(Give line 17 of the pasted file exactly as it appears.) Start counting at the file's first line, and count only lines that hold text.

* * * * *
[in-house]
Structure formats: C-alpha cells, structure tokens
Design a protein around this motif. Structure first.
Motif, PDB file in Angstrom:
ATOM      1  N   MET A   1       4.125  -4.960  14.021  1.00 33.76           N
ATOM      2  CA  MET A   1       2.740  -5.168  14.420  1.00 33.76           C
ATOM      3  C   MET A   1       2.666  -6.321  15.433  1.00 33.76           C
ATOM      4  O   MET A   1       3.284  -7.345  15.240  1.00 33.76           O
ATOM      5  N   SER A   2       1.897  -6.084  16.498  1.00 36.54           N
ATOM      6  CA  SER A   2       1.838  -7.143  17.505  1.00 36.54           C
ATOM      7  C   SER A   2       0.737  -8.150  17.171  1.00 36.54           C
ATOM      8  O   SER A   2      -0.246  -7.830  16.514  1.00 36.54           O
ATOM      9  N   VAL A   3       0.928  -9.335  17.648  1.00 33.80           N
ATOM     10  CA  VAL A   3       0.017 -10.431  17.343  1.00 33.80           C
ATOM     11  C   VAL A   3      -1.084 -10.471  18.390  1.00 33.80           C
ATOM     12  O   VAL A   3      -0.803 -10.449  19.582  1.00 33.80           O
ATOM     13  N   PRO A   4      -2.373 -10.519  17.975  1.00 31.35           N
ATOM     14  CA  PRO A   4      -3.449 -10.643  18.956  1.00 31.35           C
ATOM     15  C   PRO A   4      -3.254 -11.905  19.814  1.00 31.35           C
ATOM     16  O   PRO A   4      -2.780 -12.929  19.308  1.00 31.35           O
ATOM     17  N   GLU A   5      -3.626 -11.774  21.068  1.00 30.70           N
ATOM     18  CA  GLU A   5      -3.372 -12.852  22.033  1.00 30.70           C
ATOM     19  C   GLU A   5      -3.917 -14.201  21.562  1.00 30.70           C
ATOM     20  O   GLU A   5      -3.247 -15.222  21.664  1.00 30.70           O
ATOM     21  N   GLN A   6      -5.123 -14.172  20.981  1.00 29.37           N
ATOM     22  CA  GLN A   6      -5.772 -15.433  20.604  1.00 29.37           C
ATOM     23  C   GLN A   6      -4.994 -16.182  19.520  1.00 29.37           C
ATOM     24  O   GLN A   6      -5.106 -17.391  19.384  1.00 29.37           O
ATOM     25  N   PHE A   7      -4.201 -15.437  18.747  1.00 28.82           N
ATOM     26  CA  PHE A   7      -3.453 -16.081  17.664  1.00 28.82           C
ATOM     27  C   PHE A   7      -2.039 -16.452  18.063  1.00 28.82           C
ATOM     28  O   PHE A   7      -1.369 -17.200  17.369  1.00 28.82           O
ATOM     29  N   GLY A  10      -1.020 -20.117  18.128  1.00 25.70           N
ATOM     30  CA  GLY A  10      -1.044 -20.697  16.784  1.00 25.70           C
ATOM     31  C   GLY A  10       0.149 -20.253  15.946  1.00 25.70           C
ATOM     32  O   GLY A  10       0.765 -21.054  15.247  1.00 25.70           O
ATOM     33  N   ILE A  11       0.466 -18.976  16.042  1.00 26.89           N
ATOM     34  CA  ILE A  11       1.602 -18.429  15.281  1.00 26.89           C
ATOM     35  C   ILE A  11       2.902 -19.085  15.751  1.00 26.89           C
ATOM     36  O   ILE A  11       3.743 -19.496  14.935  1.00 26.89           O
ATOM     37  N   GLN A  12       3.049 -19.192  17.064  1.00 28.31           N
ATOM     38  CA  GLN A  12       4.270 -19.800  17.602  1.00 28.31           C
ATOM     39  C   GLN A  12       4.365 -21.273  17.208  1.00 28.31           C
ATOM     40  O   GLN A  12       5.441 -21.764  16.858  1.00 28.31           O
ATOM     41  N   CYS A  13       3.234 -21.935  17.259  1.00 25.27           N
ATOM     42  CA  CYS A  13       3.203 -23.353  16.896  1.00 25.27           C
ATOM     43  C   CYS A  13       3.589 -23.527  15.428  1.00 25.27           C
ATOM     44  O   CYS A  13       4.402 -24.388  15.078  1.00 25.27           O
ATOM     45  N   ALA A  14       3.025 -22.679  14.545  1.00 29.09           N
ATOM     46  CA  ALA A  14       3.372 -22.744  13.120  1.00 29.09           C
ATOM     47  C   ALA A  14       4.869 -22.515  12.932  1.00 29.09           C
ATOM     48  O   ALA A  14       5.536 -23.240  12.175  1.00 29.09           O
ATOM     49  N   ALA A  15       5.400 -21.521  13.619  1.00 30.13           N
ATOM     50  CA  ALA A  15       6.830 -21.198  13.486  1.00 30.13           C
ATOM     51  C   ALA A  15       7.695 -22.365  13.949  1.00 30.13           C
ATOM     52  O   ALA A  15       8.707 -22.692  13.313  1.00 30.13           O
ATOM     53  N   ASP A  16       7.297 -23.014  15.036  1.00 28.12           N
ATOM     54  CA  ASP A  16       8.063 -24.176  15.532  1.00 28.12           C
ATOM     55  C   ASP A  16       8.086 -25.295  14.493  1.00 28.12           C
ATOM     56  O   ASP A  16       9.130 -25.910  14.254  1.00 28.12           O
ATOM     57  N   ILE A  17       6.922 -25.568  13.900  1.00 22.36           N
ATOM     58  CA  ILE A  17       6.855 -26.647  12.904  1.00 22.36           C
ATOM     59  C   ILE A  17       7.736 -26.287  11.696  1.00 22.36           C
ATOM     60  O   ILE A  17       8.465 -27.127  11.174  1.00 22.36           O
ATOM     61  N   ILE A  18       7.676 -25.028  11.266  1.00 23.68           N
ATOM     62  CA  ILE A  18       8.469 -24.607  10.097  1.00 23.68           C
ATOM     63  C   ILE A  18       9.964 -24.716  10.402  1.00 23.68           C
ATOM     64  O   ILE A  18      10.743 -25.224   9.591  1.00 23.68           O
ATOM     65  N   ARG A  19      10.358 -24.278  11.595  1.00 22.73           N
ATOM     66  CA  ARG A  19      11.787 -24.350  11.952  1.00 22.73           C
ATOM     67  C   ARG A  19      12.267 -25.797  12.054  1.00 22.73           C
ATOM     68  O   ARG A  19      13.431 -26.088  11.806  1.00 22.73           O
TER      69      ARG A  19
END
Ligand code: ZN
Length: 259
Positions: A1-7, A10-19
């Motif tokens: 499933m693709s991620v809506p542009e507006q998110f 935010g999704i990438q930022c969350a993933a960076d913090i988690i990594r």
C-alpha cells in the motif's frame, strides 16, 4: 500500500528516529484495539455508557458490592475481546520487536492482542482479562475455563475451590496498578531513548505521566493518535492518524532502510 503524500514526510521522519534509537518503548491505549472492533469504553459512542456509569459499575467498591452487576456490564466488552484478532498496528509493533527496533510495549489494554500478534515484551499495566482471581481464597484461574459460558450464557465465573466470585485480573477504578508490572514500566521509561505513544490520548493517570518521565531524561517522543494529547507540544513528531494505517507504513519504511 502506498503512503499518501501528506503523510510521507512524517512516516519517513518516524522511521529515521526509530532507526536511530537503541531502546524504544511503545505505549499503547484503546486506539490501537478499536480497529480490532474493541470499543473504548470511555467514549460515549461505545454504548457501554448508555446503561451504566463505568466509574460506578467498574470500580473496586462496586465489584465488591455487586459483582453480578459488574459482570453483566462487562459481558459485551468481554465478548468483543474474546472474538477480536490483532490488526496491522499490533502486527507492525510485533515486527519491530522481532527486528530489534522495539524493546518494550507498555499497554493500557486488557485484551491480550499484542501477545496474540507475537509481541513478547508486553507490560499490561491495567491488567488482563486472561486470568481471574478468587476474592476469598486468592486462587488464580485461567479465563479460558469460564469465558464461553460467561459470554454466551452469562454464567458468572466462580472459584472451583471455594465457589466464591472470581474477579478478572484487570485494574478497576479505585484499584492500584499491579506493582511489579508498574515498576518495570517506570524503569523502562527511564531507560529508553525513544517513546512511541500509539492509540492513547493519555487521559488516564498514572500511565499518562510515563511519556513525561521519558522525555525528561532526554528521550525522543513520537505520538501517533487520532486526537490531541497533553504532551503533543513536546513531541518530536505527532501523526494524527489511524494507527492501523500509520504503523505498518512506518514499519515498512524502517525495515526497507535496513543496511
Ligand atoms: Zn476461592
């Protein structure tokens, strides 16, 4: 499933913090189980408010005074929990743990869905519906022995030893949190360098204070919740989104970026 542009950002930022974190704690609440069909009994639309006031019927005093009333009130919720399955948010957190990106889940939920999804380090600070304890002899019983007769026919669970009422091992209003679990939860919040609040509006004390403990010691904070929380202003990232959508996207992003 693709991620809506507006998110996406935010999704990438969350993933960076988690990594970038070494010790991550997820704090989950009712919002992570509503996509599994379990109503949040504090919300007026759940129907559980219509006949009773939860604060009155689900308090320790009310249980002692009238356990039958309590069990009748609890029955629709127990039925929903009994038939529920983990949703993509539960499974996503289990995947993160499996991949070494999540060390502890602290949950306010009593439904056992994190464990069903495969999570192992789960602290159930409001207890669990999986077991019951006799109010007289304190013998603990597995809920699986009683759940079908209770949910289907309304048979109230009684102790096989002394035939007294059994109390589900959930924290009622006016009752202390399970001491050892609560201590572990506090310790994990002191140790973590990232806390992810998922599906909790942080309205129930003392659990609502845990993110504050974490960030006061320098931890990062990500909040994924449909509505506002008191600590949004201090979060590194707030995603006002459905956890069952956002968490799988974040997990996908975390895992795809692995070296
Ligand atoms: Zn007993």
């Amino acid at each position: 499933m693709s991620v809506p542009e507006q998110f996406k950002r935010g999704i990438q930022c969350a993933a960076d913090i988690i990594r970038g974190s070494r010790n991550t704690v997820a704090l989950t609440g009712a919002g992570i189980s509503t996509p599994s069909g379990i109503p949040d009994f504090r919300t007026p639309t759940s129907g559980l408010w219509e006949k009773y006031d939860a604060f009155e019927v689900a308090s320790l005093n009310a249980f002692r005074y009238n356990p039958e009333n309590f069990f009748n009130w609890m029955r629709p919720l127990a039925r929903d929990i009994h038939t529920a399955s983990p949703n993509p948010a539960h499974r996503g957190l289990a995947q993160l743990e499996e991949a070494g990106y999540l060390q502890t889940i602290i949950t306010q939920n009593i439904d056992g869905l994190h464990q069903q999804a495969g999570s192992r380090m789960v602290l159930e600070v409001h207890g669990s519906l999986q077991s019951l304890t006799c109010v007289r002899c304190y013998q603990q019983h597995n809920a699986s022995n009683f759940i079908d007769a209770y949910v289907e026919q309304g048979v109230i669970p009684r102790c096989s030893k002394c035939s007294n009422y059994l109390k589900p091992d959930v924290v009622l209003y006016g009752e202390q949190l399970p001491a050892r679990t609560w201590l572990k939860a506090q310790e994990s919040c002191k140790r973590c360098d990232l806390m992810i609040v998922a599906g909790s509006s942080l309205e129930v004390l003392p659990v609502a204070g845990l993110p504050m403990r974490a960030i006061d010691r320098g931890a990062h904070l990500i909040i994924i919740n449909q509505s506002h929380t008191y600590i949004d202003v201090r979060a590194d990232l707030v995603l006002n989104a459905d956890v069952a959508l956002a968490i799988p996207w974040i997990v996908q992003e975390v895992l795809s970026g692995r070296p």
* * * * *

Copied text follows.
ATOM     13  N   PRO A   4      -2.373 -10.519  17.975  1.00 31.35           N